Indian languages are written in a diverse set of scripts, most of them derived from the Brahmi script and not from the Phoenician script. These scripts neither look like Latin, nor do they have the familiar A, B, C, … ordering. Further, many Indian languages have many phonemes not present in languages Latin was traditionally used for. As a consequence, many of these scripts have many more than 26 base glyphs (not to mention ligature forms). Mapping these to Latin characters becomes important for 2 distinct uses:
While Unicode encodes most popular scripts used for Indian languages and even some rare ones, Latin‐letters continue to be used in representing Indian languages everywhere. Theyʼre used in email, in SMS messages, in web‐pages, in file‐names; pretty much ubiquitously. But how to map the diverse phoneme set (between 30–50 for most Indian languages) into the 26 letters in the Latin alphabet?
[Likewise, physical keyboards with a QWERTY layout dominate the world; how to allow combinations of characters on the QWERTY keyboard to represent the diverse character sets in Indian languages? Iʼll address this in another post.]
ISO‐15919, an international scholastic standard, and a few other schemes – IAST, Hunterian, National Library of Kolkata, ALA‐LC – use diacritic (accent) marks over/under Latin characters. Harvard‐Kyoto, Velthuis, ITRANS, SLP1, WX, VedaType and ISO‐15919ʼs limited character set option are schemes that restrict themselves to 7‐bit ASCII but use punctuation characters.
For example, hereʼre the same Sanskrit characters in a few sample schemes:
What a mess!
Iʼm going to address what I think should be the hallmarks of a good scheme for representing Indian language text using Latin characters – how one can figure out if such a scheme was thoughtfully, carefully designed and not thrown together on an unrelated Usenet group. (Indian languages being phonetic, Iʼm sometimes careless about the phoneme vs. written character distinction. I carelessly use the word “character” for both; the meaning should be clear from context).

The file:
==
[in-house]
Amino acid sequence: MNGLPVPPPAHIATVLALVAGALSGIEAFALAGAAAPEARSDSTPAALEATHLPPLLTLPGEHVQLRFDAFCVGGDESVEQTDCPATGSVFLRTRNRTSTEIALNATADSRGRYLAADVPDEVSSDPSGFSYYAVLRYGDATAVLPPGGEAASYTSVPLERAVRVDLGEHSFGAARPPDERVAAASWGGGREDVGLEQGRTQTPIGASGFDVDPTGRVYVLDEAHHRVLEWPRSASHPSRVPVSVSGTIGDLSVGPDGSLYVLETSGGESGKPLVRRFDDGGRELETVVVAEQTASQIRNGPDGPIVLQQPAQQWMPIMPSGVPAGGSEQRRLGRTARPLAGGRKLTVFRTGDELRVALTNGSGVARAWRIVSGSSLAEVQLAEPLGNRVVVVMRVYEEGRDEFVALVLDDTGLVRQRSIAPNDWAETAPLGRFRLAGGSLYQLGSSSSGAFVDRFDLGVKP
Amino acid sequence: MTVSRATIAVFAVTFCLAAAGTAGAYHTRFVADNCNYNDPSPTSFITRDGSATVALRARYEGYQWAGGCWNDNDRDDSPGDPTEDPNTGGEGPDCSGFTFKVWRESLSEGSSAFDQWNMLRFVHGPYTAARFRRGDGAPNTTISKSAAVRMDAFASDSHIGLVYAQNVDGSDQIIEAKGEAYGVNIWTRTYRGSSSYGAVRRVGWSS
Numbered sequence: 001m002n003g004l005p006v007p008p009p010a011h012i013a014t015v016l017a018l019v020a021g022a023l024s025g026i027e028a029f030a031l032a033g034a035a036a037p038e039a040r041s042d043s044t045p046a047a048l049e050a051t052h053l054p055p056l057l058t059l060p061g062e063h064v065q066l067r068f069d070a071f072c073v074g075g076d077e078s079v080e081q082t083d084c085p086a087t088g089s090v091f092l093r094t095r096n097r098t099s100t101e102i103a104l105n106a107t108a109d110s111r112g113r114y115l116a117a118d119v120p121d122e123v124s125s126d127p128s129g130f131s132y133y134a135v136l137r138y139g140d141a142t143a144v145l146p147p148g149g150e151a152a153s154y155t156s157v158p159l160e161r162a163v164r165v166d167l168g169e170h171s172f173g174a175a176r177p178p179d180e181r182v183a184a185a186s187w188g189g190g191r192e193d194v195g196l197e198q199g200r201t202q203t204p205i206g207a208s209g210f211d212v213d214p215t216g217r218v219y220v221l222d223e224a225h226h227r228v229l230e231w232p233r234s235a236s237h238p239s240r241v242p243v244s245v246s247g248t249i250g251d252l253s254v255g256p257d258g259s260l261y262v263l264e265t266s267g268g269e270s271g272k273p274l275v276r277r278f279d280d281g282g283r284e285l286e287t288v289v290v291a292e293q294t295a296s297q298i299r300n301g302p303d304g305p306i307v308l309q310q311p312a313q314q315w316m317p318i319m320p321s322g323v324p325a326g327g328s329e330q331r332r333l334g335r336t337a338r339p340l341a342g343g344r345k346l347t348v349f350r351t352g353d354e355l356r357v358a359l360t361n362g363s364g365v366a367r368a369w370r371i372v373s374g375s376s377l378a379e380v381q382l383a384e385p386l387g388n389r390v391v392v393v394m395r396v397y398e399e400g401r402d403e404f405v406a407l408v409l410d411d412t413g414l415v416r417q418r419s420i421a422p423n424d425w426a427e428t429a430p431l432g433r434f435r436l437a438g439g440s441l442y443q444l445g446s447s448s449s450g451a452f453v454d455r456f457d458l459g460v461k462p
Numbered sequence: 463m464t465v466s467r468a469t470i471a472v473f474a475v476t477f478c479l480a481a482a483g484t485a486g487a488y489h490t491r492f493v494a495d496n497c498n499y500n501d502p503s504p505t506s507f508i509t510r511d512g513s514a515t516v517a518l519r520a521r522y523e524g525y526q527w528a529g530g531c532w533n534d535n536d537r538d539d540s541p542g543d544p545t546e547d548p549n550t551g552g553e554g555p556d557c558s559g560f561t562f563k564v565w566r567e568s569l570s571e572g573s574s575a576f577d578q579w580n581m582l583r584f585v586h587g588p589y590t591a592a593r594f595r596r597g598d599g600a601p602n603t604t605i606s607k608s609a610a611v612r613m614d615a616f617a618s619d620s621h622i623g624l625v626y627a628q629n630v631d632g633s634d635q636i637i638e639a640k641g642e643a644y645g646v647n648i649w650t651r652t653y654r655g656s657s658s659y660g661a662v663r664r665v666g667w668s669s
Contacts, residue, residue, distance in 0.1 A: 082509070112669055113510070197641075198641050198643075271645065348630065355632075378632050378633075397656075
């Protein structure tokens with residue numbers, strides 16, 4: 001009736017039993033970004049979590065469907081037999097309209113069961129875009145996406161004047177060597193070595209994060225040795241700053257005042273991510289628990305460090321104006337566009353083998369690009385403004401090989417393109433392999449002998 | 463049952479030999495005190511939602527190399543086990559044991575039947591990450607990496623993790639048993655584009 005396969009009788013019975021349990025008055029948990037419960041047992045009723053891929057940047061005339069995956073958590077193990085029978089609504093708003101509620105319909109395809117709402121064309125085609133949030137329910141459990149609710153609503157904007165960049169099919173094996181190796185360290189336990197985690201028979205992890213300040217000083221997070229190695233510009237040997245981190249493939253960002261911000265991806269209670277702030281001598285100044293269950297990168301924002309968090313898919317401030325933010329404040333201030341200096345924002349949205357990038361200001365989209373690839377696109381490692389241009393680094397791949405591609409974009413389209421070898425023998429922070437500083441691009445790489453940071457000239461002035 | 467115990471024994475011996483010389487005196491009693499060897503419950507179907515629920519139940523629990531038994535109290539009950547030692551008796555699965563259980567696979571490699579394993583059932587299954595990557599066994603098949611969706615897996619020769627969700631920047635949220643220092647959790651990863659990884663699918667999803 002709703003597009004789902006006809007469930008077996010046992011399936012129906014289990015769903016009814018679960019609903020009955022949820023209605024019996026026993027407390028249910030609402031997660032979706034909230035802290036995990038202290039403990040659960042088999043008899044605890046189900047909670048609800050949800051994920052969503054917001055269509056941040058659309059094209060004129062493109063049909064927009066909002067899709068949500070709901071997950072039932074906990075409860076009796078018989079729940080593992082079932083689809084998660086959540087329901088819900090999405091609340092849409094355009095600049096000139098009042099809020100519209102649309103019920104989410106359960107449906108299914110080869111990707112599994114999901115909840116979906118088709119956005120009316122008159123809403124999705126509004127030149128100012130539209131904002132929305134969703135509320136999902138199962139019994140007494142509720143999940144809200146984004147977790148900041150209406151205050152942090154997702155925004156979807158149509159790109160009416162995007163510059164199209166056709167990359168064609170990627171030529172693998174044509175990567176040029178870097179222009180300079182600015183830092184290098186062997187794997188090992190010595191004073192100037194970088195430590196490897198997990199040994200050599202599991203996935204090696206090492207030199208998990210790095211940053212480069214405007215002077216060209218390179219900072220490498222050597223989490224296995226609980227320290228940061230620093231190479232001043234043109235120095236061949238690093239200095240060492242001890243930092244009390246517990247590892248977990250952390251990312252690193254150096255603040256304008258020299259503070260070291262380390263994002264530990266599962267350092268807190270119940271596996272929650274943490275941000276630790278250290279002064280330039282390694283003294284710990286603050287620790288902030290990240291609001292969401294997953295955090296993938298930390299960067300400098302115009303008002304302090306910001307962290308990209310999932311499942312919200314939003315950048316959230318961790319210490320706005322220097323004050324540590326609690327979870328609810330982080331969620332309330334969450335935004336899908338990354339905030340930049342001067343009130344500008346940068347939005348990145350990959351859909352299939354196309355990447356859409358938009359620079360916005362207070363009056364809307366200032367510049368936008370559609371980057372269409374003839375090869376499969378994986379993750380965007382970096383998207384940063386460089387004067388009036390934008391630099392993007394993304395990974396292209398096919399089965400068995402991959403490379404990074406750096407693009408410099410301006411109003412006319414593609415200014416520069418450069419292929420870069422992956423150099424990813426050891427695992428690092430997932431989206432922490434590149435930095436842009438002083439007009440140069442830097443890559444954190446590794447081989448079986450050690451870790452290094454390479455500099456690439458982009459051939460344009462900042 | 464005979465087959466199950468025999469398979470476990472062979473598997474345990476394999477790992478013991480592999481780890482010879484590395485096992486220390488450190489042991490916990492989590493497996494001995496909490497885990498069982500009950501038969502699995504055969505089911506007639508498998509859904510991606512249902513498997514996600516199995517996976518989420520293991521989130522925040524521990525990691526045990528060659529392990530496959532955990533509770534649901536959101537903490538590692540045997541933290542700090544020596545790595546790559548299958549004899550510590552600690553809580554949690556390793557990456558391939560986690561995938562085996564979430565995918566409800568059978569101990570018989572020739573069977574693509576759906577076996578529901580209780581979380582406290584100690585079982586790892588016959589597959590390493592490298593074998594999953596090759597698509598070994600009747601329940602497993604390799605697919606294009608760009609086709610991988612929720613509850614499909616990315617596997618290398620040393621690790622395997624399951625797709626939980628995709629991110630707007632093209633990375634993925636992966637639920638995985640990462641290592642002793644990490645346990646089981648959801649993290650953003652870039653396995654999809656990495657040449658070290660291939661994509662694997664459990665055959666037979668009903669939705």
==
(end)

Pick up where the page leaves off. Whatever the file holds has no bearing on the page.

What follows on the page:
Hereʼs my prioritised list of features a good Indian language representation scheme should have:
ffor the Sanskrit velar nasal (ङ्), as in the wx notation.
kevala, but its Tamil borrowing is represented as
RRifor a syllabic alveolar trill; ITRANSʼs
xfor a conjunct consonant and
dnyfor another conjunct consonant are all misspellings (for phonetic languages, misspelling and mispronunciations go together!)
Only one of the standard schemes fulfils 6 of the 7 requirements completely and the 7th partially (it uses punctuation, but only to represent some combinations that cannot normally occur in the language) – ISO‐15919. In addition to being well thought‐out and sane, it is an international standard and is widely used in scholastic publications. Its one drawback is that the official standard is not available free of cost; instead, ISO charges more then $100 for an electronic copy. However, itʼs fully documented at Dr. Anthony Stoneʼs website and is usable today. I use it everyday, and so should you!